In Bath Beach – a neighborhood in Brooklyn – a strong Guatemalan community is thriving. In the past decade, the number of Guatemalan immigrants in the neighborhood spiked by nearly 1,176 percent, according to a city Planning Development analysis of 2000 and statistics from the U.S. Census Bureau. The New York Daily News reported this as the most dramatic increase of a specific immigrant group in the neighborhood.
Rafael Garcia, an immigrant who came from Guatemala at the age of 14, traveled to Bath Beach because he knew people that lived there. After beginning a career in construction and sending happy photos home to his brothers and sisters, the seven siblings followed suit.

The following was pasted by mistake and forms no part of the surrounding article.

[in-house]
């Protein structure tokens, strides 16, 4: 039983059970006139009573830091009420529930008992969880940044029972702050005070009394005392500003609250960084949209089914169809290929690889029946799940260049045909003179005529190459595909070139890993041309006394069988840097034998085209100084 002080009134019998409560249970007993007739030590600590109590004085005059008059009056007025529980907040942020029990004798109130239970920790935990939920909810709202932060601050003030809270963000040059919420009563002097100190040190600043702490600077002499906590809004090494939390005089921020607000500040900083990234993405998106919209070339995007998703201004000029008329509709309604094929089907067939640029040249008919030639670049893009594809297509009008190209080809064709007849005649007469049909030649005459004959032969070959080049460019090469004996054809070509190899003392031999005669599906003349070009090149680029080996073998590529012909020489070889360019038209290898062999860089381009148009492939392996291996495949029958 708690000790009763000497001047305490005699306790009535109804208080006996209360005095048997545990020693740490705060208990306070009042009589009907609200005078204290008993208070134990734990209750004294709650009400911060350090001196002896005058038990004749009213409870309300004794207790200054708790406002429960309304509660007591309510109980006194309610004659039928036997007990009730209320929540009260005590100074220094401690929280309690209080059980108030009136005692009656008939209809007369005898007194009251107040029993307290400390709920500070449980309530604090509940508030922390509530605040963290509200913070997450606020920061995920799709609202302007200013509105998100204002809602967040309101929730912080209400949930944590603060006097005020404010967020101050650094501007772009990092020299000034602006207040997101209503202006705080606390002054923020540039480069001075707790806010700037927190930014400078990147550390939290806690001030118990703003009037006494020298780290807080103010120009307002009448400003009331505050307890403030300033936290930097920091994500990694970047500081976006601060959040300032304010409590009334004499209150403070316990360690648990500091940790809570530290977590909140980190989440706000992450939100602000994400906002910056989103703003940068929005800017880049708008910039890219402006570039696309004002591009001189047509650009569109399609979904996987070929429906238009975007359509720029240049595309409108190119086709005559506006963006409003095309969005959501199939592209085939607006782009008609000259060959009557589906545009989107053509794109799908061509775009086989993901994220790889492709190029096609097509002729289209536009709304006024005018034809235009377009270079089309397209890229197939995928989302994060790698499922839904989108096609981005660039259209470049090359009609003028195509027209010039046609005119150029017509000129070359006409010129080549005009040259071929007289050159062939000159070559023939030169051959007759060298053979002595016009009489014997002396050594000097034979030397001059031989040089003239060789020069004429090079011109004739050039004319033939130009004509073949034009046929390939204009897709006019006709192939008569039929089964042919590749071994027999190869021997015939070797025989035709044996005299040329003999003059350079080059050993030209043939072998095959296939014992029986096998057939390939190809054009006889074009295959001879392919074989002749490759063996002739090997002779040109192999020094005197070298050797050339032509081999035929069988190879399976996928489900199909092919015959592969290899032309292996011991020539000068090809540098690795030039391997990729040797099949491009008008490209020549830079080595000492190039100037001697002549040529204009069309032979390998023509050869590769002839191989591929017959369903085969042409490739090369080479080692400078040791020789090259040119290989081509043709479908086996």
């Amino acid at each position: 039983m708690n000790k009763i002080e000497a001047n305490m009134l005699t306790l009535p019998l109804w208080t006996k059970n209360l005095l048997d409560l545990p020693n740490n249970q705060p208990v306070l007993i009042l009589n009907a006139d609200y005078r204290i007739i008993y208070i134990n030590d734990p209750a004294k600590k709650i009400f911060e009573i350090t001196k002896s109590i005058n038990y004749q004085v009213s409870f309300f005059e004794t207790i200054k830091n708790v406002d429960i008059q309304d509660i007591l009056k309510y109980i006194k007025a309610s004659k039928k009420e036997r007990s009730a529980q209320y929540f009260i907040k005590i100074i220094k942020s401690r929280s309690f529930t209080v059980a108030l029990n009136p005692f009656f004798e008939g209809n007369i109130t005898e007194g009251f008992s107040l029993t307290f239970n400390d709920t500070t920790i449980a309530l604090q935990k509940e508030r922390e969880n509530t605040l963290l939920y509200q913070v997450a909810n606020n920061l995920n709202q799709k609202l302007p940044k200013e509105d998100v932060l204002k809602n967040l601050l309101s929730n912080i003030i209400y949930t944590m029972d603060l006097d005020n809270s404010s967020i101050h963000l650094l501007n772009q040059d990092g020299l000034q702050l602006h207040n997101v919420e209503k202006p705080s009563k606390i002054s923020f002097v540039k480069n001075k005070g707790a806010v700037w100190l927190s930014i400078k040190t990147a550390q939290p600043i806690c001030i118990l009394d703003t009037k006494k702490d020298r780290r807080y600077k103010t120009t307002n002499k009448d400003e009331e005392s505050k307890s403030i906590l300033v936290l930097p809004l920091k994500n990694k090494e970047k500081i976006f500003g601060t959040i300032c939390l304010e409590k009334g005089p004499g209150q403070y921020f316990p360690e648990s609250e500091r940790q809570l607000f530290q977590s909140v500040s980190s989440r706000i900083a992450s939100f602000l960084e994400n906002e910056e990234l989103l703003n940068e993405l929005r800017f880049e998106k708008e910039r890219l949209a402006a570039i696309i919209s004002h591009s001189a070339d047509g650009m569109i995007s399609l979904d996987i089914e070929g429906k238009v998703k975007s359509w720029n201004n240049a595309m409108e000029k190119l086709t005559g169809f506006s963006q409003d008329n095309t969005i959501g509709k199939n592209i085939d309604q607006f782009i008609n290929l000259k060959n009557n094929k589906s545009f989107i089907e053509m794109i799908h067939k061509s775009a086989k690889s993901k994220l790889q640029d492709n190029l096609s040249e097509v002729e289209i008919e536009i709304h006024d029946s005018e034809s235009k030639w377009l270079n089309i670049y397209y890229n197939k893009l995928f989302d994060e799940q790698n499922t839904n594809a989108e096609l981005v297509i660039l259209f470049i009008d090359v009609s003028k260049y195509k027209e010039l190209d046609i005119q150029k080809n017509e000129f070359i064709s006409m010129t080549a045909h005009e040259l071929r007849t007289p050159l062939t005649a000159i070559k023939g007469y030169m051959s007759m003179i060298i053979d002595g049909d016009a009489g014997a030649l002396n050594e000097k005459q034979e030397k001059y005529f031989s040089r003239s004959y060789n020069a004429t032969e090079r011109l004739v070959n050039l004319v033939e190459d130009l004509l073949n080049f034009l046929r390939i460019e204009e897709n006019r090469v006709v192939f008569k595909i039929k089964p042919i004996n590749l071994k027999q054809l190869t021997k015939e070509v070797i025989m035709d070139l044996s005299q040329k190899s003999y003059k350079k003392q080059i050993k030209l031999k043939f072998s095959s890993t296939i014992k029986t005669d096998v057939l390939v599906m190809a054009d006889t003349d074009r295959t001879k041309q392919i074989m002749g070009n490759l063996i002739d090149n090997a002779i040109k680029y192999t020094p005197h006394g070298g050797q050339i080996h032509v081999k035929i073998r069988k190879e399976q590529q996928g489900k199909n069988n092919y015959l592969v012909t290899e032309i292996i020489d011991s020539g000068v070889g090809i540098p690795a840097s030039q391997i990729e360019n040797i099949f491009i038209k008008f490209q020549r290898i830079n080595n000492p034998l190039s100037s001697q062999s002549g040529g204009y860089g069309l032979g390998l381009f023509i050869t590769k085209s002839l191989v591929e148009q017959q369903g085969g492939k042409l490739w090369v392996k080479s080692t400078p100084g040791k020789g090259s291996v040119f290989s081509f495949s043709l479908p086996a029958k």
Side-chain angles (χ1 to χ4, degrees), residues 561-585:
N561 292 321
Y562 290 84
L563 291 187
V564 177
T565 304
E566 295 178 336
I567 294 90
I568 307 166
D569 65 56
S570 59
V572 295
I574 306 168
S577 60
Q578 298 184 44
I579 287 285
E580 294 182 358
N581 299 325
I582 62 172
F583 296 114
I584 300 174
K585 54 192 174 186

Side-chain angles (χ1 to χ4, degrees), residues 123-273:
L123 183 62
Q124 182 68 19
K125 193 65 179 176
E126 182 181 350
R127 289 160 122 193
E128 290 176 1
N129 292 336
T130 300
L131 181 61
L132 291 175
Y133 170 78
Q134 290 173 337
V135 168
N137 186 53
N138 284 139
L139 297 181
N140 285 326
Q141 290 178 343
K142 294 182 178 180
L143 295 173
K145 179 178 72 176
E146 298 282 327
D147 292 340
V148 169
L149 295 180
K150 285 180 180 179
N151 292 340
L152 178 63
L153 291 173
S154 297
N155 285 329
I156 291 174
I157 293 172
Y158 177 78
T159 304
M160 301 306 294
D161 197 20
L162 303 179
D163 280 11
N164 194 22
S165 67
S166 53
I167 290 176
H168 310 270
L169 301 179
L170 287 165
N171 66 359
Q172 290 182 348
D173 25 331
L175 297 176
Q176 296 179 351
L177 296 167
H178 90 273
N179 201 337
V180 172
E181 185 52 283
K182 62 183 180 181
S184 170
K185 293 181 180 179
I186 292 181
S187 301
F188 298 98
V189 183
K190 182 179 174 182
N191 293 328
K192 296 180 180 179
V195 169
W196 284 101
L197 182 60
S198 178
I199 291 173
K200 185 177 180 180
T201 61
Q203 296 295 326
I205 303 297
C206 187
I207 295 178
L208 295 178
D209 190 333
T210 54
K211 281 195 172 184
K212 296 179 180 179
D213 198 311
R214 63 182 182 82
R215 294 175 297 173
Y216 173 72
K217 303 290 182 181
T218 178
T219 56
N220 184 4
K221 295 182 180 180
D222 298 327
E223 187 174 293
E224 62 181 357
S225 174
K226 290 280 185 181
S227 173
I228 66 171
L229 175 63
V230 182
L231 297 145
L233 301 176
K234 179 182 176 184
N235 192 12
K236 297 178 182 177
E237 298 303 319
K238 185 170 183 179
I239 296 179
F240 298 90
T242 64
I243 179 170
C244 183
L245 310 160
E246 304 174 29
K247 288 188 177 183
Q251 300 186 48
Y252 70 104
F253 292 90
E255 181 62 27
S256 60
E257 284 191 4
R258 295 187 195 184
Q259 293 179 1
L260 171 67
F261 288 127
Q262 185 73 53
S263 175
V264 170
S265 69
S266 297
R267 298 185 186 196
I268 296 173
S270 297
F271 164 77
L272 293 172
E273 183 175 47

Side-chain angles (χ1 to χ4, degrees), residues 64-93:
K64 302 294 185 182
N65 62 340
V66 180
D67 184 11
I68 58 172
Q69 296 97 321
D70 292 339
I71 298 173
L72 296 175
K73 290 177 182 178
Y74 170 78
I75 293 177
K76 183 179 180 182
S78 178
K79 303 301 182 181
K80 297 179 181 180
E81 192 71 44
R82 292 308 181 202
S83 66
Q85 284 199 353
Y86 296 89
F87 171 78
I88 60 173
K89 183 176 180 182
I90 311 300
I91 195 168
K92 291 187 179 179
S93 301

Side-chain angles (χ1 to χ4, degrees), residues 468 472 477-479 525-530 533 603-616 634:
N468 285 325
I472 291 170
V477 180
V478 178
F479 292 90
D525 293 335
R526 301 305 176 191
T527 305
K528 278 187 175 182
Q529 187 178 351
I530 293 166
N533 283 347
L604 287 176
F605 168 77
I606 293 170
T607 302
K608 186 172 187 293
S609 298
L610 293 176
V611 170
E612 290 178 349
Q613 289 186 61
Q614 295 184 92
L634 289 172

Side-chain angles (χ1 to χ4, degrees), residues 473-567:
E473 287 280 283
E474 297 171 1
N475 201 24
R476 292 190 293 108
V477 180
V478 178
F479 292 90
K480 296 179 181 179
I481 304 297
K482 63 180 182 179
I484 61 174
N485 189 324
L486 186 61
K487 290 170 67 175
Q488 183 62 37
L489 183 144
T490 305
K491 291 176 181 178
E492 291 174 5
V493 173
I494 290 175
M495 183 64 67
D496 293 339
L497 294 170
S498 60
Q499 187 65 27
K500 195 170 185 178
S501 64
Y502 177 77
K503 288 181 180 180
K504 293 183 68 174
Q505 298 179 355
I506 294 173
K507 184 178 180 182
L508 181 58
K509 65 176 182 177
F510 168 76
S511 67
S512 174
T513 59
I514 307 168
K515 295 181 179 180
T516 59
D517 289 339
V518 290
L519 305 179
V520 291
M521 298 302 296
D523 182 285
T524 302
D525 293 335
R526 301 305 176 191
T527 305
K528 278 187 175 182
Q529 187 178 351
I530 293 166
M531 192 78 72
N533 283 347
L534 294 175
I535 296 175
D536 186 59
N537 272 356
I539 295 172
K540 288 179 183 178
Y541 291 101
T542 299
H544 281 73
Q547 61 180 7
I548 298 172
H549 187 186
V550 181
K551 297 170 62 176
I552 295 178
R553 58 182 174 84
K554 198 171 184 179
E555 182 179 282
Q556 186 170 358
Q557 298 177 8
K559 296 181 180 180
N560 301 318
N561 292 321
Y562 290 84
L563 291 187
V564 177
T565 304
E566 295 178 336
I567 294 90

Now 37, he owns a bakery with his wife. The eatery serves up traditional Guatemalan pastries like custard-filled breads. La Bendicion is one of many immigrant businesses that have opened up along Bath Ave., including deli Tienda Guatemalteca.
“Bensonhurst and that whole part of Southern Brooklyn has become much more diverse, because the older, white, mostly Italian population has been in decline for some time,” sociology professor Philip Kasinitz told the publication. “This has left inexpensive housing available for many new Latino immigrants.”
United States immigration is boosting the economy, according to Richard T. Herman, an immigration lawyer and co-author of Immigration, Inc. Herman told The News Record that many immigrants have an innate entrepreneurial attitude, good work ethic and ambition. He cited that non-American born individuals are twice as likely to open up their own business, which is a crucial asset to the economy.
With roughly 3.5 million open jobs in America, many of which Americans are unwilling or not qualified to fill, immigrant workers help move the economy forward.